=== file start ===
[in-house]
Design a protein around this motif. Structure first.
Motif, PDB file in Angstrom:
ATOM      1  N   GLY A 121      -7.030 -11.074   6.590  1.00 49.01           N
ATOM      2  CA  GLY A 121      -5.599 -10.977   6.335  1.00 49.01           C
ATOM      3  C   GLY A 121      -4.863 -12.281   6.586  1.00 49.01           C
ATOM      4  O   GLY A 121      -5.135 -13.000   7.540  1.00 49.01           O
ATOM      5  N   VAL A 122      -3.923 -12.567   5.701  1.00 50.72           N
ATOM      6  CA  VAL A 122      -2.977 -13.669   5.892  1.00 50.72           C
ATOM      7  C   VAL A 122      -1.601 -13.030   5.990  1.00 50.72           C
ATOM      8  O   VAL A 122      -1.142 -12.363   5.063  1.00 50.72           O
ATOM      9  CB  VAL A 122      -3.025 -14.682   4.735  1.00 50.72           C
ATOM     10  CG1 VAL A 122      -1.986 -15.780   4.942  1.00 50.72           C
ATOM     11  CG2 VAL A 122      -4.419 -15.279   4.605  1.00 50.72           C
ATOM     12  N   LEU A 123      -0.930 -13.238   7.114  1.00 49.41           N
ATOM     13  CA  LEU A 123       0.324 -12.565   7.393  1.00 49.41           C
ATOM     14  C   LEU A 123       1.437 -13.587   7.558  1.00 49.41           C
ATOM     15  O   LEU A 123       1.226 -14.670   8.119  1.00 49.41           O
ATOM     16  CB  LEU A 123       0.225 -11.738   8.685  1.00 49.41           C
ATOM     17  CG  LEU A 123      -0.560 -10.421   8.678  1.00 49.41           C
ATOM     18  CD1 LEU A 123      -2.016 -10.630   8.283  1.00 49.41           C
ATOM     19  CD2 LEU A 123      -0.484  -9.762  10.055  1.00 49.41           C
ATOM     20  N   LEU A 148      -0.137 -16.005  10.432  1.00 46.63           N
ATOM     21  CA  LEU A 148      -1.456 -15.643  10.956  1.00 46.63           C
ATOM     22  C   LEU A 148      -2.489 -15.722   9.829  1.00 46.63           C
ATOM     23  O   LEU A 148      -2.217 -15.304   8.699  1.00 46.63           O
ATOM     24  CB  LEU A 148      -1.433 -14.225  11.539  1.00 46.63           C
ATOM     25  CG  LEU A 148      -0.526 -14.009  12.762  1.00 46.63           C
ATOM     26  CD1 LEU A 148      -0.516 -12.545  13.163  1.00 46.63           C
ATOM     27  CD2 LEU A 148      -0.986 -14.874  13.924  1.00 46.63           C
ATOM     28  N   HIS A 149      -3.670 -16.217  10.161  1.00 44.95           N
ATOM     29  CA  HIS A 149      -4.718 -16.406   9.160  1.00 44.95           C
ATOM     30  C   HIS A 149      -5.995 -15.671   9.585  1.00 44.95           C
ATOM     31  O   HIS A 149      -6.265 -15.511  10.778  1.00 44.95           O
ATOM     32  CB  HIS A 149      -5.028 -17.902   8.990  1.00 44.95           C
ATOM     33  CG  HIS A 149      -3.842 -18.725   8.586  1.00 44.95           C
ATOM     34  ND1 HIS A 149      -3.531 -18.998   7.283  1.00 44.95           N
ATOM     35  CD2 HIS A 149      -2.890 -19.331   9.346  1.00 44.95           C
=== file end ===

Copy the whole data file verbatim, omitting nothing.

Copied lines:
[in-house]
Design a protein around this motif. Structure first.
Motif, PDB file in Angstrom:
ATOM      1  N   GLY A 121      -7.030 -11.074   6.590  1.00 49.01           N
ATOM      2  CA  GLY A 121      -5.599 -10.977   6.335  1.00 49.01           C
ATOM      3  C   GLY A 121      -4.863 -12.281   6.586  1.00 49.01           C
ATOM      4  O   GLY A 121      -5.135 -13.000   7.540  1.00 49.01           O
ATOM      5  N   VAL A 122      -3.923 -12.567   5.701  1.00 50.72           N
ATOM      6  CA  VAL A 122      -2.977 -13.669   5.892  1.00 50.72           C
ATOM      7  C   VAL A 122      -1.601 -13.030   5.990  1.00 50.72           C
ATOM      8  O   VAL A 122      -1.142 -12.363   5.063  1.00 50.72           O
ATOM      9  CB  VAL A 122      -3.025 -14.682   4.735  1.00 50.72           C
ATOM     10  CG1 VAL A 122      -1.986 -15.780   4.942  1.00 50.72           C
ATOM     11  CG2 VAL A 122      -4.419 -15.279   4.605  1.00 50.72           C
ATOM     12  N   LEU A 123      -0.930 -13.238   7.114  1.00 49.41           N
ATOM     13  CA  LEU A 123       0.324 -12.565   7.393  1.00 49.41           C
ATOM     14  C   LEU A 123       1.437 -13.587   7.558  1.00 49.41           C
ATOM     15  O   LEU A 123       1.226 -14.670   8.119  1.00 49.41           O
ATOM     16  CB  LEU A 123       0.225 -11.738   8.685  1.00 49.41           C
ATOM     17  CG  LEU A 123      -0.560 -10.421   8.678  1.00 49.41           C
ATOM     18  CD1 LEU A 123      -2.016 -10.630   8.283  1.00 49.41           C
ATOM     19  CD2 LEU A 123      -0.484  -9.762  10.055  1.00 49.41           C
ATOM     20  N   LEU A 148      -0.137 -16.005  10.432  1.00 46.63           N
ATOM     21  CA  LEU A 148      -1.456 -15.643  10.956  1.00 46.63           C
ATOM     22  C   LEU A 148      -2.489 -15.722   9.829  1.00 46.63           C
ATOM     23  O   LEU A 148      -2.217 -15.304   8.699  1.00 46.63           O
ATOM     24  CB  LEU A 148      -1.433 -14.225  11.539  1.00 46.63           C
ATOM     25  CG  LEU A 148      -0.526 -14.009  12.762  1.00 46.63           C
ATOM     26  CD1 LEU A 148      -0.516 -12.545  13.163  1.00 46.63           C
ATOM     27  CD2 LEU A 148      -0.986 -14.874  13.924  1.00 46.63           C
ATOM     28  N   HIS A 149      -3.670 -16.217  10.161  1.00 44.95           N
ATOM     29  CA  HIS A 149      -4.718 -16.406   9.160  1.00 44.95           C
ATOM     30  C   HIS A 149      -5.995 -15.671   9.585  1.00 44.95           C
ATOM     31  O   HIS A 149      -6.265 -15.511  10.778  1.00 44.95           O
ATOM     32  CB  HIS A 149      -5.028 -17.902   8.990  1.00 44.95           C
ATOM     33  CG  HIS A 149      -3.842 -18.725   8.586  1.00 44.95           C
ATOM     34  ND1 HIS A 149      -3.531 -18.998   7.283  1.00 44.95           N
ATOM     35  CD2 HIS A 149      -2.890 -19.331   9.346  1.00 44.95           C